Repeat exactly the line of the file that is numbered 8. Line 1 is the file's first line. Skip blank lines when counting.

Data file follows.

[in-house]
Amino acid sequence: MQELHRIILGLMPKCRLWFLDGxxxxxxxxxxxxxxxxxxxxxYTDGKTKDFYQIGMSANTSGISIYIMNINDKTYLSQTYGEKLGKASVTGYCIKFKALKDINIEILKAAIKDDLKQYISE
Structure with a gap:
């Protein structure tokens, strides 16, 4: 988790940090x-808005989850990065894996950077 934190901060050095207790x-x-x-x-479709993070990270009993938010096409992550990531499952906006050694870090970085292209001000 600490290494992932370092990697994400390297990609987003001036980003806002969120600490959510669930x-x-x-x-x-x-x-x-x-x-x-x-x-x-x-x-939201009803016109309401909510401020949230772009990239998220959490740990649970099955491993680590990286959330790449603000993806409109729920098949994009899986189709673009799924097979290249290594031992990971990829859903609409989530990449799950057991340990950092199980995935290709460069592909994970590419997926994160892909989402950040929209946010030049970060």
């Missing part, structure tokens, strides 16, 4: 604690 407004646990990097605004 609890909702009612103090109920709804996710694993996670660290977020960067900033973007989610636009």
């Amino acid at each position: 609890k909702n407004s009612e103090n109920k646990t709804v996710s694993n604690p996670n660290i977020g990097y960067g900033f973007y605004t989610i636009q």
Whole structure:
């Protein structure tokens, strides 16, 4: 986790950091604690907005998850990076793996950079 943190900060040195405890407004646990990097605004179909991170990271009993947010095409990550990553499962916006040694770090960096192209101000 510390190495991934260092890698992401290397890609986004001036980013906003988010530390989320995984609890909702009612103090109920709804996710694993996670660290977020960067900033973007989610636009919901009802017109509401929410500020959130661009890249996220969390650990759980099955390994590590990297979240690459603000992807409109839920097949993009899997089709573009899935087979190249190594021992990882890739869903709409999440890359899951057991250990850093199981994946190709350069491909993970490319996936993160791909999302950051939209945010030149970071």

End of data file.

């Protein structure tokens, strides 16, 4: 986790950091604690907005998850990076793996950079 943190900060040195405890407004646990990097605004179909991170990271009993947010095409990550990553499962916006040694770090960096192209101000 510390190495991934260092890698992401290397890609986004001036980013906003988010530390989320995984609890909702009612103090109920709804996710694993996670660290977020960067900033973007989610636009919901009802017109509401929410500020959130661009890249996220969390650990759980099955390994590590990297979240690459603000992807409109839920097949993009899997089709573009899935087979190249190594021992990882890739869903709409999440890359899951057991250990850093199981994946190709350069491909993970490319996936993160791909999302950051939209945010030149970071």